How Clean Is Your Data? (And How To Keep It Clean)

How clean is your data?  This is a question I hear regularly, but it’s a very difficult question to answer. 

Data hygiene is easy when you’re small.  It’s sort of like when you were a baby.  It was easy to keep your data clean because your surface area was pretty small and even though you were typically getting into things that could easily cause a mess, it was easy to get it all cleaned up.  As you got older, and you grew in size, data hygiene became more difficult.  Much like teenagers and young adults, you get out into the world more, and your data becomes more difficult to keep clean.

In business, you expand through acquisitions and mergers, which can have a massive impact on your ability to maintain a clean repository of first-party data.  It gets messier with different CRM systems being integrated, multiple sales teams who are incentivized to simply expand your database regardless of the quality, and no clear governance over whose data should be considered the "key” to intermingling the data.  You end up with lots of messy data missing key fields, multiple contacts for the same people and conflicting pieces of information. 



Of course, over time, much like entering your middle years, your wisdom begins to settle in, and you find ways to clean that data and get it ready for more efficient use. 

Where are you in the journey of your data?

I find that most Fortune 500 companies are somewhere between young adulthood and the middle years, but very few have settled into the wisdom of their golden years.  It comes as a surprise that more companies are not as settled and cleaned up with their data as you would imagine, but it’s the ugly truth. Data is messy, acquisitions make it messier, and salespeople tend to make it even messier than that. Salespeople love to buy lists for lead gen so they can show a big uptick in their activity. 

Marketers are guilty of this as well, but I find salespeople to be the most common culprits.  They attend an event and come back with a bunch of names that need to be nurtured following the event.  If you dive into the list, you typically find that many of the names are not qualified as true prospects.  They may not even be in the market and rather might be academics or analysts.  Some may even be competitors who certainly won’t be buying your product.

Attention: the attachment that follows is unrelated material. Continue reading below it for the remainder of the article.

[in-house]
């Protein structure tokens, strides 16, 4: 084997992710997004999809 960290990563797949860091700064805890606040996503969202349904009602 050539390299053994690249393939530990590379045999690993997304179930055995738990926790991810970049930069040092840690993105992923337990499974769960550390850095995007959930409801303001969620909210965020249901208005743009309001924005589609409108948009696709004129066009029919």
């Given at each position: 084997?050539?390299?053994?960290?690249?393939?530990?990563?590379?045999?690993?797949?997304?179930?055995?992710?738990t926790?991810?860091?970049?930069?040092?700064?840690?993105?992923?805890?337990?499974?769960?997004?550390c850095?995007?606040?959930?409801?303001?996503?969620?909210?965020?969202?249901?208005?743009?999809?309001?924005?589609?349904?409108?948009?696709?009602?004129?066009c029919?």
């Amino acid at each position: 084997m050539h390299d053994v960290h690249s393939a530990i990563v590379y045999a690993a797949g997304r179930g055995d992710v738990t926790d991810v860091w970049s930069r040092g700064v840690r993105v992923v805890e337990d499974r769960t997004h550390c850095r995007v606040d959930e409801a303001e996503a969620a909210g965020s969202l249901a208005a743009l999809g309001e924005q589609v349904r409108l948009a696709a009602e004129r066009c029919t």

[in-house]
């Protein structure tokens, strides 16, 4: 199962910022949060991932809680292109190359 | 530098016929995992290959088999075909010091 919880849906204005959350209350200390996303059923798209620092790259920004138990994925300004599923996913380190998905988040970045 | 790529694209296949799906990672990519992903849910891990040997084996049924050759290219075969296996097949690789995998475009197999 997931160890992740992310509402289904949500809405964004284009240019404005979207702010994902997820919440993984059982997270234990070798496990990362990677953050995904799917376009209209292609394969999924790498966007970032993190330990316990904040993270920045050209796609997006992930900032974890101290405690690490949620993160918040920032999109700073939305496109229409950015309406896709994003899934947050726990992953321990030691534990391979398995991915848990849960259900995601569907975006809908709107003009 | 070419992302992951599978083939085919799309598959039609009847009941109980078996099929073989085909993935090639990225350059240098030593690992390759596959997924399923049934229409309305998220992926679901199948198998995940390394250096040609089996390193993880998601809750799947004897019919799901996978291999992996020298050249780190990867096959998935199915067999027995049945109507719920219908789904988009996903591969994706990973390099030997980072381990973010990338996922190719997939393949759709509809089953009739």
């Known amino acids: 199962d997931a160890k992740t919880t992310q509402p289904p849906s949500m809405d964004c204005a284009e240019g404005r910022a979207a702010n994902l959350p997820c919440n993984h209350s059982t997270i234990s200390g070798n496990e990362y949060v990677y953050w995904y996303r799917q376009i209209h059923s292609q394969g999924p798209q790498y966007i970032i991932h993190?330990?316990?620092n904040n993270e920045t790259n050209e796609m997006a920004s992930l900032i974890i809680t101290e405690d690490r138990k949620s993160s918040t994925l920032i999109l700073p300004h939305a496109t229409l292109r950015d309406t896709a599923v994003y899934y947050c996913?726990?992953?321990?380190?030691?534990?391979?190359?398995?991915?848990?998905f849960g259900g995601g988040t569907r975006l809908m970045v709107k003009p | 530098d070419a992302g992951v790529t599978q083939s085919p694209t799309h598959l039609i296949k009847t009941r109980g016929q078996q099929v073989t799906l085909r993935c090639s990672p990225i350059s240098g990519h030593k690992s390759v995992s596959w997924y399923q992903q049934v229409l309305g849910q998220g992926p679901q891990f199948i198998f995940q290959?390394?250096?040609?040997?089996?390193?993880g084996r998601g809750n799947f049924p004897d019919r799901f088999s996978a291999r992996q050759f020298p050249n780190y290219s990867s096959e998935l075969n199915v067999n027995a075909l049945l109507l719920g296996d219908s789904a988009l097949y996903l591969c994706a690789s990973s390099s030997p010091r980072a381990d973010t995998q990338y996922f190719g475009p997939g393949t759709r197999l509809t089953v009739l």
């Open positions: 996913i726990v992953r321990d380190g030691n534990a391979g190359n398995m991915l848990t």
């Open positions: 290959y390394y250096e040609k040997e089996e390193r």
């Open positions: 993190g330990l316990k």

One way to keep control over your database is to establish a regimen of hygiene. Just like teenagers, sometimes they will skip brushing before bed, but you try your best.  A good first step in the routine is to require that any external lists be passed through marketing and filtered through at least one data enrichment tool.  Once you run the list through a single or dual filter, then you run it past your existing to database to look for existing matches in your current data set. That way you aren’t loading conflicting contacts and messing up your already cleaned-up data. 

Third, and this is very important, you have to issue a report to the originator of the list, whether it be sales, marketing, events or whomever, and inform them of the accuracy of the list they provided.  If you have a highly accurate list, all things look good and you can load it into your CRM.  If things are looking suspect, you have to force them to sign off and take responsibility for the inaccurate data. 

By doing this, you hold the originator of the list accountable and you can maintain good hygiene in your database while also ensuring they won’t go acquire another bad list later.  It creates better habits and accountability and good habits are what you want in a teenager and in a business partner, after all!

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